MLC wants 17% increase in levies
by FWi staff
LIVESTOCK farmers will have to pay up to 17% more in promotional levies under proposals outlined by the Meat and Livestock Commission.
Cattle levies will rise by 50p for each animal slaughtered if commissioners adopt plans put forward for industry consultation on Tuesday (5 December).
Promotional levies paid entirely by farmers on each finished beef animal would be increased from 230p to 270p equivalent to a 17% rise.
A general levy, paid on each animal and split 50:50 between abattoirs and farmers, would rise from 205p to 215p. That equals a rise of less than 5%.
Promotional levies for sheep, again paid for entirely by farmers, would increase from 32p to 36p per animal, equivalent to an increase of 12.5%.
The general sheep levy, again split 50:50 between producers and abattoirs, would be upped 31p to 33p per animal, equivalent to a rise of almost 6.5%.
The increase which would come into effect next April, would boost the commissions funds by around 2.6 million, said director general Gwyn Howells.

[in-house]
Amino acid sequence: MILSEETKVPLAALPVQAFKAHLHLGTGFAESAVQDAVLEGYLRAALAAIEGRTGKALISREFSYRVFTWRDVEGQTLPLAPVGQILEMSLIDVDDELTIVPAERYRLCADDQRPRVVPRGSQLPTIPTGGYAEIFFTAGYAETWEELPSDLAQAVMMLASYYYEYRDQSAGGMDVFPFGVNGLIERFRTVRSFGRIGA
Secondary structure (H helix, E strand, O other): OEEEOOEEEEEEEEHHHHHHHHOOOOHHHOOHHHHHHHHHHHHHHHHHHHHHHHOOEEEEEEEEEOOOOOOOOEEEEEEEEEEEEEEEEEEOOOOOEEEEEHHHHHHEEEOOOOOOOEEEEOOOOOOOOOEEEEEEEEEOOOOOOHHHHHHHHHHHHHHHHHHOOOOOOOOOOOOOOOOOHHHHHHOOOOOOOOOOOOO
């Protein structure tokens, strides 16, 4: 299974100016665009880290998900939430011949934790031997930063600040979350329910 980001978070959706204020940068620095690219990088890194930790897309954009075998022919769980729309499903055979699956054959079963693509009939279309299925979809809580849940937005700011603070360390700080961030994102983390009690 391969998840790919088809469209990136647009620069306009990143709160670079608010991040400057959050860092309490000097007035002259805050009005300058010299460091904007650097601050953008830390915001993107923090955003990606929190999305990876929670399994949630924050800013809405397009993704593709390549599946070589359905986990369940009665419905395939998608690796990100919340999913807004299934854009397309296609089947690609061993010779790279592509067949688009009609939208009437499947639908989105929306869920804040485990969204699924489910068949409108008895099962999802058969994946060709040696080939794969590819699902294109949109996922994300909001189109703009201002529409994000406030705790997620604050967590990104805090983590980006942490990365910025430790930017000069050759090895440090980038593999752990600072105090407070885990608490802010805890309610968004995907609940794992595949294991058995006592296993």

“Slaughterings are down, our reserves have been depleted, external funding is becoming tighter and media costs have risen sharply,” he said.
The MLC cattle and sheep strategy councils have now decided that the only way to deliver their strategies is to raise the levies for the first time since 1996.
The Beef and Lamb Promotion Council said extra money was needed to maintain the momentum generated by the commissions advertising campaigns.
Recent television advertisements starring the comedian Harry Enfield as Tim Nice-But-Dim have boosted sales of ready-cooked meals based on meat.
But David Croston, head of the sheep strategy council, admitted that it would not be easy to sell the levy increases to farmers at a time when incomes are falling.
Mr Croston said the MLCs sheep strategy council wanted to expand research into issues such as breeding techniques and BSE-like diseases in sheep.
There are no plans to raise the levy on pigs, although the industry is consulting on a 20p a pig levy a scheme which would help producers hit by swine fever.